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Once upon a time in France lived a rooster. He was a modest rooster, gold in color, with a fine comb on his head. Known through­out the region as “Chanticleer,” he was the king and protector of his farmyard.

Every morning, Chanticleer mounted the rooftop and her­alded the morning with his clear crow.

He lived to see the sun rise. Quite naturally, he thought the sun would not rise if he were not there to call it. He had doubts at times but never failed to get up ahead of the sun and crow.

Chanticleer never told anyone about raising the sun. Patou, the old watchdog, was the only one who guessed his secret. Patou’s favorite occupation was bask­ing in the sun and watching it light up the farmyard. Because of their mutual admiration for the light, the old dog and the rooster were best friends.

One day, a frightened pheasant collapsed into the chicken coop in a heap of exhaustion. “Oh!” she cried, “please hide me from the hunters who are seeking to hunt me!” Chanticleer gal­lantly hid her in Patou’s doghouse until the hunters passed.

Chanticleer was much taken with the beautiful pheasant. She certainly was much more interest­ing than the hens that only cared about pecking at grain.

However, there were some, within the farmyard and outside, that did not like Chanticleer. The owls especially disliked him, for they disliked the light and dreaded the sun that Chanticleer raised. The cat, the ducks, the turkey and the blackbird all envied him for one reason or another.

And so one starless night, while Chanticleer, Patou, and the golden pheasant slept, a secret meeting was held. Deep in a nearby thicket, the discontented farmyard animals met, and after singly giving their reasons for hating Chanticleer, it was decided that he must die. In the darkness, they hatched a plan.

In the farm over the hill lived a man who raised exotic cocks. Among these, there was an ugly, featherless rooster who was known as the champion of the fighting ring. It was arranged that he would challenge Chanticleer to a fight. “Of course,” the animals sneered, “we know who will win.”

But, the blackbird objected, “The cock won’t come!”

“Oh, yes he will!” responded the cat. “If the pheasant comes, he will come, and she will never miss such a chance to show off her beauty.”

And so, everything was set.

As time approached for the guests to arrive, the black­bird waited at the gate, watching the horizon. Finally, a line of fancy cocks was seen approaching in the dis­tance.

The blackbird began announcing the strange cocks:

“The Cock of Braekel!”

“The Wyandotte Cock!”

“The Cock of India!”

And one after the other, they strutted into the garden with all their airs of great importance.

Finally, Chanticleer appeared.

“But how should I introduce you?” asked the bewildered blackbird.

“Simply as the ‘Cock,’” replied Chanticleer.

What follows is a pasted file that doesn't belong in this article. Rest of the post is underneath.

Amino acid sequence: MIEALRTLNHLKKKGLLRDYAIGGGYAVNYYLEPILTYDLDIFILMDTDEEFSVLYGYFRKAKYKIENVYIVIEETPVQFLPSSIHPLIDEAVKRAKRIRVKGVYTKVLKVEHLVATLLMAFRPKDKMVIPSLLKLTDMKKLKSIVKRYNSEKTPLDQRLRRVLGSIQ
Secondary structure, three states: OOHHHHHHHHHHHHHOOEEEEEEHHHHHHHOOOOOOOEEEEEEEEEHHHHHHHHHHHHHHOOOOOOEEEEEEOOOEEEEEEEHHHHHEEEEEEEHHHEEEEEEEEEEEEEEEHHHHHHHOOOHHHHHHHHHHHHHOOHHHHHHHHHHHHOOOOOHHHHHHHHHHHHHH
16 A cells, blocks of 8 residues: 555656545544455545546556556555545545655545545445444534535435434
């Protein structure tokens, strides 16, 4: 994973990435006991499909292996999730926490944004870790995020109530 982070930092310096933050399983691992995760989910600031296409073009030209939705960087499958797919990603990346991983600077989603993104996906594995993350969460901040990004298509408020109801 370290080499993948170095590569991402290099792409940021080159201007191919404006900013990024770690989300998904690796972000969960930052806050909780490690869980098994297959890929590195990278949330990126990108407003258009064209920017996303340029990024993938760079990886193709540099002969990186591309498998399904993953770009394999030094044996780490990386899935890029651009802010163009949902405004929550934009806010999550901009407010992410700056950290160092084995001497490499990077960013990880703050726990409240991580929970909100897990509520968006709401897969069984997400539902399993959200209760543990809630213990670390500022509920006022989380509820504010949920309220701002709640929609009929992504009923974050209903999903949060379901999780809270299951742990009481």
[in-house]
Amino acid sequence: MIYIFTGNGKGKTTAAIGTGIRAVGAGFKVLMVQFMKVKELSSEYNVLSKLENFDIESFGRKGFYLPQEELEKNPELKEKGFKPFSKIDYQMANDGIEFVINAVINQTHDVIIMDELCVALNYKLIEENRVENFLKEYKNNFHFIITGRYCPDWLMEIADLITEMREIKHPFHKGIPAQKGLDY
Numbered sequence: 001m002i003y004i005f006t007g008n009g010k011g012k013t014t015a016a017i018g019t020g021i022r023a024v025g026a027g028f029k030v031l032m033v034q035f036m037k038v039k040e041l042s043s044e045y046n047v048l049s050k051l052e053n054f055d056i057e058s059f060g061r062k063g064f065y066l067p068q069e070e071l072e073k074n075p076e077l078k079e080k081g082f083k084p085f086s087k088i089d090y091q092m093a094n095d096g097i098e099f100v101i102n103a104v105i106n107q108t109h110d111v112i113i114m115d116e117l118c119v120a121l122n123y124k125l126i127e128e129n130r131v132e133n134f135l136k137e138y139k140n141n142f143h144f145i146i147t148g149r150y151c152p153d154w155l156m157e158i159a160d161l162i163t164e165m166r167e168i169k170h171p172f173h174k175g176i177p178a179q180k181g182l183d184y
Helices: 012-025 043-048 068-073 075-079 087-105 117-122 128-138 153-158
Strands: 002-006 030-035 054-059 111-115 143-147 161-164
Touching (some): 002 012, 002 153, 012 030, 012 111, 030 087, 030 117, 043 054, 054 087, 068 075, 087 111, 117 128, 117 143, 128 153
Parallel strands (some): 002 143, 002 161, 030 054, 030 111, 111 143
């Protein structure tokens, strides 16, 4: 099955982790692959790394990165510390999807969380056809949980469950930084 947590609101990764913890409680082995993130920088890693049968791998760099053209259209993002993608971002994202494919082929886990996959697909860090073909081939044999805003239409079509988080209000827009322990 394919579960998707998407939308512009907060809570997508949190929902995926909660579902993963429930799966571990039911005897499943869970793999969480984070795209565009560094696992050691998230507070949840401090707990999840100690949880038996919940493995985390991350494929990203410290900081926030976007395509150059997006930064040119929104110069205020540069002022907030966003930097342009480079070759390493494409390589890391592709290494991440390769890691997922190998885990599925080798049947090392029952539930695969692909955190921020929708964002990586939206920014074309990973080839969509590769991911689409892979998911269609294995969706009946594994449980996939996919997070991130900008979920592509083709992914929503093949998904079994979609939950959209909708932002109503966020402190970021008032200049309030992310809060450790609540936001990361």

“The Cock!” announced the blackbird.

At this, everyone fell silent.

“So, you are the Cock,” the fighting rooster said, push­ing his way through the crowd. “I am the great champion of the fighting ring that has defeated many and all.”

“And I am the Cock, the one who protects many and all,” replied Chanticleer.

“Pfuff!!” the gamecock jeered. “I live to kill and trample on those that don’t deserve to live!”

“And I . . .,” hesitated Chanticleer for a moment. Then, in an act of faith, he continued in his clear loud voice, “I live to raise the sun so that its rays may fill the world with its glorious light!”

“Ha, ha, ha, ha!” the gamecock laughed, with every­one joining in. “You think you make the sun rise? That’s too much!”

While all the animals laughed, the gamecock suddenly lunged and struck Chanticleer. A roar went up from the crowd. Chanticleer looked around and saw all the animals gathered

with eager faces, their necks stretched out and their eyes gleaming in anticipation. They were hideous.

It was a terrible moment for poor Chanticleer. Sadly he bowed his head. He understood. For the first time, he knew all of them for what they were. He felt entirely alone and deserted.

Savagely, the gamecock struck again, throwing Chanticleer to the ground. A terrible struggle for life and death began but Chanticleer’s disappoint­ment and sadness sapped his spirit. The gamecock attacked harder, quickly drawing blood.

Chanticleer defended himself as best as he could while all around the animals screamed, “Kill him! Kill him!”

At a certain moment, Chanticleer looked up, and saw the rays of the setting sun glistening on the trumpet-like shape of the cock of France atop the cathedral spire. At this sight, his whole being rejoiced, and with renewed strength he flung himself at the gamecock.

At the tremendous impact, the gamecock was hurled into the air and fell upon his own spurs. He fell back, shook, cackled and died.

Chanticleer turned away from the fake applause and walked off. Only the pheasant followed him.

“Come with me to the woods, dear Chanticleer,” she said, “there you can forget the farmyard and we can live happily together.” Chanticleer nodded and followed the beau­tiful pheasant.

But, as time went on, Chanticleer began to feel restless. The pheasant began to worry. Was not her love enough? Could Chanticleer love the sun and his duty at the farmyard more than he loved her? She had to prove to him that the sun could rise by itself. But how?

One early morning, when the stars could still be seen in their lofty dome, Chanticleer felt especially sad. At the pheasant’s insinuations, his old doubt had returned. Was it really he who raised the sun?

Realizing his state of mind, the pheasant approached him and covered him with her wing. “Dear Chanticleer, you must not be so sad. You have me!” While speaking in these sweet tones, she watched the rising sun.

For Chanticleer, everything was still dark under her warm mantle of feathers.

Slowly the sun rose higher.